Laurie Johnston, Winnipeg


Spirited defence

Thank you, Elizabeth Renzetti, for your spirited defence of people who are prepared to step up to the plate and serve as politicians for their country (For Canada Day, I’ll Take Civic Engagement, Medium Rare – June 29).

Thank goodness some people are still motivated to make a contribution, rather than just whining about “they” who do it all wrong. Where would we be if everyone was so put off by the terrible cynicism about their motives from both media and public, that no-one was prepared to take on the responsibility to govern? Let’s give the good politicians the credit and gratitude they deserve, and maybe more responsible and public-spirited people will run for office.

Nichola Hall, Vancouver


Hot water

In Roy MacGregor’s story about a cross-country canoe trip while starting a family (An Incredible, Daunting, Exhausting Voyage – June 29), paddlers Geoff and Pam MacDonald say they are cautious to the extreme, yet in the photo, only their toddler appears to be wearing a life jacket. The infant is strapped into some car seat that looks like it would sink, while the parents don’t appear to be wearing any safety gear whatsoever.

If this is them being cautious, I hate to think what reckless would look like.

Karen Lajoie, Yellowknife


If the MacDonalds have proved one thing, it’s that you CAN make love in a canoe.

Jane McCall, Delta, B.C.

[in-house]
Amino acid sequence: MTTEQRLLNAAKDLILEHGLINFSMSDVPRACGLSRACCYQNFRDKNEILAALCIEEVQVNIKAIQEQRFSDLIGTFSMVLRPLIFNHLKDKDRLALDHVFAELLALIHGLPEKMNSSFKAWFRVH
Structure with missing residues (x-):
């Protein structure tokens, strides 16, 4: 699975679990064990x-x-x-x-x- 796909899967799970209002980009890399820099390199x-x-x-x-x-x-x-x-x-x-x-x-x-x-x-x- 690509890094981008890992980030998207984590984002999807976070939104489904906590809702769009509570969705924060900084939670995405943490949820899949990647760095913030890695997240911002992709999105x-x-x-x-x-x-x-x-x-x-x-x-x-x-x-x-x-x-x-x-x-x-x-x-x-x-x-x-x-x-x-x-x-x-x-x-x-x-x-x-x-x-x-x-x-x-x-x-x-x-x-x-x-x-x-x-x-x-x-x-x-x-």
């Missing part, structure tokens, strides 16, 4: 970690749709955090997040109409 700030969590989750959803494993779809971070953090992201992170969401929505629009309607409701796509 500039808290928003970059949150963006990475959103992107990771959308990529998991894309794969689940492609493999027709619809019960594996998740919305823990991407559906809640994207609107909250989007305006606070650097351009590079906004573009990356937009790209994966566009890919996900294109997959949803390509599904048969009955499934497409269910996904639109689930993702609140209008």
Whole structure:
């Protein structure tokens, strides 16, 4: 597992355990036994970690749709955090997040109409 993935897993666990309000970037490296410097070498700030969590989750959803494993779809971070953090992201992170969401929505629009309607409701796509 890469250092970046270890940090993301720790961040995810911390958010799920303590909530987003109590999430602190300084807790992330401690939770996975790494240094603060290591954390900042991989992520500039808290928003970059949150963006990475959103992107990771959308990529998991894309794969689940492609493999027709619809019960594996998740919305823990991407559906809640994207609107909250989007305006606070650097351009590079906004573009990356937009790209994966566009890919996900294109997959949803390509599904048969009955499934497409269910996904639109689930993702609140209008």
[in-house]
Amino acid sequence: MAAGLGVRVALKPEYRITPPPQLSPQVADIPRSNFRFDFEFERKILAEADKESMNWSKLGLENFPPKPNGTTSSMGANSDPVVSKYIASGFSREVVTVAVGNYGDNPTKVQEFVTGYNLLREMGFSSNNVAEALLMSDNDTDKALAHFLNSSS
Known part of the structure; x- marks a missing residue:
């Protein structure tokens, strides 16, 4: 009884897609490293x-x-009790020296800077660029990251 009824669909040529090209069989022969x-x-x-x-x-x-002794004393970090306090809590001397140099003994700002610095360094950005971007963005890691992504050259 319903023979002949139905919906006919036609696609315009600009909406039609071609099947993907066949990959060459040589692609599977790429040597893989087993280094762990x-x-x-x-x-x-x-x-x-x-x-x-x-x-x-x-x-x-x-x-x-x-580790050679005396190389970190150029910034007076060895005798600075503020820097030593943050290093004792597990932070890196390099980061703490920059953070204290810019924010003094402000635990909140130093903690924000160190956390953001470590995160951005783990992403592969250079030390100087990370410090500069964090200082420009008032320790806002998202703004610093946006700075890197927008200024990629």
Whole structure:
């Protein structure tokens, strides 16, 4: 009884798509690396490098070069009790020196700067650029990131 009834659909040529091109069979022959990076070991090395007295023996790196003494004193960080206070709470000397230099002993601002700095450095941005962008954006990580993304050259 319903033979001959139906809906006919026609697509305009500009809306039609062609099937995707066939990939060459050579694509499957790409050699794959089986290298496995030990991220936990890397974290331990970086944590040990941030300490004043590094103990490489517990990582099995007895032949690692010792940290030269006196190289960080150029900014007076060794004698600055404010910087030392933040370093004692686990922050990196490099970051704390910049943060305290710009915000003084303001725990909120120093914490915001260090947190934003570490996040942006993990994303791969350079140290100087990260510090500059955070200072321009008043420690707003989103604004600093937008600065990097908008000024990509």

The RCMP did the correct thing in removing guns from premises that were not secured properly in accordance with the law (PMO Rebukes Mounties For Seizing Guns – June 29). To leave these weapons behind in a house that now had even less security and had to be abandoned in a situation where the whole community had fewer security resources (including the lack of residents of the area) would be irresponsible.

Ken Newman, Calgary


Imagine the outcry and criticism if the RCMP had ignored these same firearms and someone was killed or injured as a result! The officers would be neglecting their duty by leaving them where they were.

The PMO should focus on more important tasks, such as supporting the police and other first responders in the difficult tasks before them in the flooded areas. Stick to your knitting, PMO.

John Eldridge, Richmond, B.C.


A real Nensh

If there were an election today, I have no doubt Calgary Mayor Naheed Nenshi (Action Figure – Focus, June 29) would win any office he chose.

Esmail Jiwaji, Edmonton


Mores and morality

Re Bob Morris’s letter (I Thee Wed … – July 1):

Social, sexual or other mores are very different than the “morality” of choices that people make. Homosexuality is no more a “moral” choice than is heterosexuality. People are born as they are. Restricting sexual activity outside of marriage, gay or not, is a choice of morality. Loving and being attracted to who you are, particularly when it hurts no one, is simply biology.

Like it or not, the equation of homosexuality with immorality is, in itself, homophobic. And this false comparison is used by many to discriminate.

Mike Ford, Whitby, Ont.


Mixed emotions

I mourn the loss of the Social Studies feature (July 1). I always thought it was the most entertaining part of the paper – except, of course, on those rare days when you published one of my letters.

Teri Jane Bryant, Calgary